Caring for Your Manos del Uruguay Projects

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Have you ever accidentally felted or shrunk one of your knits? It is such a terrible feeling. We know that you spend time carefully selecting just the right skein, finding the perfect pattern, and devoting hours to crafting that perfect project. We often get questions on how best to care for your creations in Manos yarns, and we thought we’d take a little time today to share with you our tried and true methods of caring for your knits.

Knits in Alegria, Alegria Grande, Clara, Franca, and Gloria will all be fine in cold water on a machine’s Gentle cycle, then laid flat to dry.  You can also wash them as you would our other yarns.  

First, let’s talk about what superwash means. Just like human hair, animal fibers (wool) have scales. These scales are what make many fibers sticky and sometimes when heated and agitated, these scales can bind together which results in felting. That’s what happens when you accidentally put that sweater you worked so hard on in the washer and dryer and it comes out smaller and denser.  

Superwash wools are chemically treated to either remove or coat these scales so that they cannot bind together. Theoretically, superwash wools can be machine washed and dried without danger of felting or shrinkage. However, any time you add heat (especially with hot water) and agitation, you can change the appearance or performance of your fibers in unintended ways.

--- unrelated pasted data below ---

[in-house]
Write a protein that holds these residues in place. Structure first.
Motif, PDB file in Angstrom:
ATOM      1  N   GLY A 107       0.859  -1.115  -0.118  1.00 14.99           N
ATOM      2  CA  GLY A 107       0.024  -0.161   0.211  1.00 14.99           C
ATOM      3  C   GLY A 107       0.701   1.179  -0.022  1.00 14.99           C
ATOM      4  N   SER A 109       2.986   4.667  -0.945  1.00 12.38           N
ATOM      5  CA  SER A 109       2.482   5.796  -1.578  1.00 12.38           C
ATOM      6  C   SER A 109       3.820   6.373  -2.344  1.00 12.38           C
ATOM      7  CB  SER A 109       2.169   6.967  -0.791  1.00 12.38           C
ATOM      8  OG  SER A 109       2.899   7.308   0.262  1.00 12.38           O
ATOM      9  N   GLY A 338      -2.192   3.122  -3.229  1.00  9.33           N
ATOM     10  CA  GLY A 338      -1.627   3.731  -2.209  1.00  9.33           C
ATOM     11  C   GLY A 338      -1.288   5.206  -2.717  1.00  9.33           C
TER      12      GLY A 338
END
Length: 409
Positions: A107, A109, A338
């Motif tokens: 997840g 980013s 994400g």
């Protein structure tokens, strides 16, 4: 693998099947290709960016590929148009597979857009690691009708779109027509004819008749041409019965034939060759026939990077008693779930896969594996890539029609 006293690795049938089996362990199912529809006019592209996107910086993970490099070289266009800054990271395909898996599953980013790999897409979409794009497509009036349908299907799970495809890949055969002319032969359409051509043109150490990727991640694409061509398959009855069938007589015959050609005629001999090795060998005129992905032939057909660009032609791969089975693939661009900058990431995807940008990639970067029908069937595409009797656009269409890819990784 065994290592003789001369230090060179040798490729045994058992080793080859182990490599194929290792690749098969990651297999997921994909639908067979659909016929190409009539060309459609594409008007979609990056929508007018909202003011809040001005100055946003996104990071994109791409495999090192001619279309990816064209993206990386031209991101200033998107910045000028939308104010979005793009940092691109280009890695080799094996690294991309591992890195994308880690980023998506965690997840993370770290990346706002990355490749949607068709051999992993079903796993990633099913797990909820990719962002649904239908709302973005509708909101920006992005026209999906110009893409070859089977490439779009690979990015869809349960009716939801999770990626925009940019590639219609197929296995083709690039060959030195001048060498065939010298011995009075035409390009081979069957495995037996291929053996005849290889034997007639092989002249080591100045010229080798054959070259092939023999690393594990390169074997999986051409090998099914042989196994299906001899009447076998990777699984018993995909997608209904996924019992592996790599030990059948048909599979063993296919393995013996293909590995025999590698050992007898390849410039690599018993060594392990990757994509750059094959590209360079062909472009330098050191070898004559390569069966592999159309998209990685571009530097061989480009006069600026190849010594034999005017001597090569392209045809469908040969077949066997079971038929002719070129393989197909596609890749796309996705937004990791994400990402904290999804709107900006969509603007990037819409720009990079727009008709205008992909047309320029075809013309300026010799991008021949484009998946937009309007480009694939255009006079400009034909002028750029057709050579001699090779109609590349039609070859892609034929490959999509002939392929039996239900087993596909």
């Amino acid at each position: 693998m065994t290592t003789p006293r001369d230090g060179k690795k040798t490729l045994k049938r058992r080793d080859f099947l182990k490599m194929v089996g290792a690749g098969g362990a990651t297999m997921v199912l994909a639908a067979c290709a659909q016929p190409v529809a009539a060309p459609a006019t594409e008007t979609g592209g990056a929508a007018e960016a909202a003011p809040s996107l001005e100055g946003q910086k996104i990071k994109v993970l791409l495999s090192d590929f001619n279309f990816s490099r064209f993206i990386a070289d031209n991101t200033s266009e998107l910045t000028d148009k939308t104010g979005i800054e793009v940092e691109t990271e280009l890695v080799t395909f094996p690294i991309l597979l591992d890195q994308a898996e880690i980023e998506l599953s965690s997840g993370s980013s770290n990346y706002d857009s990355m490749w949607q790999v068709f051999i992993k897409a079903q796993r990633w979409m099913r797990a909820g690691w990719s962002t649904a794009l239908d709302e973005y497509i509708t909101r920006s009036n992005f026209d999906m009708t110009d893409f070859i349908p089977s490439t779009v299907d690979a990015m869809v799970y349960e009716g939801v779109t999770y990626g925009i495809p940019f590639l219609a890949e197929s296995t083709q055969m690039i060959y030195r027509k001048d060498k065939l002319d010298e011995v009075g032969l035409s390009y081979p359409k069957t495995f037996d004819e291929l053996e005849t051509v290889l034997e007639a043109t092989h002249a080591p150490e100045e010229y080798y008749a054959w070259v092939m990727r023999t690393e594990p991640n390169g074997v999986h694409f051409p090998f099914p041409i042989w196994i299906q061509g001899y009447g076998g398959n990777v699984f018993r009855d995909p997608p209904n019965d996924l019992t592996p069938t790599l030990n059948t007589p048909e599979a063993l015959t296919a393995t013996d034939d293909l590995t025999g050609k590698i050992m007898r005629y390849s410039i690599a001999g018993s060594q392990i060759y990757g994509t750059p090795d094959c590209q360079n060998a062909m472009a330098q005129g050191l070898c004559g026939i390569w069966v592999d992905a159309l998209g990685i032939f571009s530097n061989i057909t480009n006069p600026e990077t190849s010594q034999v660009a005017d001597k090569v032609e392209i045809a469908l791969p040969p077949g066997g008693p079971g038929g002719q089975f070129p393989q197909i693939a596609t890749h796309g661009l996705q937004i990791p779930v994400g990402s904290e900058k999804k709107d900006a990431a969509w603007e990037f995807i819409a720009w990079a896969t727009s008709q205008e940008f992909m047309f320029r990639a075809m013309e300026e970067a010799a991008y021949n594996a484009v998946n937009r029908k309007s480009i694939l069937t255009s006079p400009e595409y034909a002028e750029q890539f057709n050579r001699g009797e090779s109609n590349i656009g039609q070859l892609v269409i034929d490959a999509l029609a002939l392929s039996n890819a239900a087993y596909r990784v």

To illustrate this, we have knit up a sample in our newest yarn, Serpentina, and then machine washed and dried it. While the before and after photos don’t appear too different to the eye, there are differences in the fabric before and after. In this particular example, the row gauge has become slightly larger which could affect the overall size of a garment after washing. The other thing that you can’t see clearly in the photo is that the yarn is starting to fray and pill a little; this will only increase over the lifetime of the garment.

So how can you keep your projects looking beautiful and fresh over time? We’ve outlined a few steps below that you can apply to all your projects, whether you used superwash or non-superwash Manos del Uruguay yarns.

Step 1: Fill a clean sink (or bucket, or basin) with lukewarm water. We like to add just a smidge of heat to the water to loosen any oils or dirt that might be lurking in a knit, but prefer not to go too much beyond lukewarm.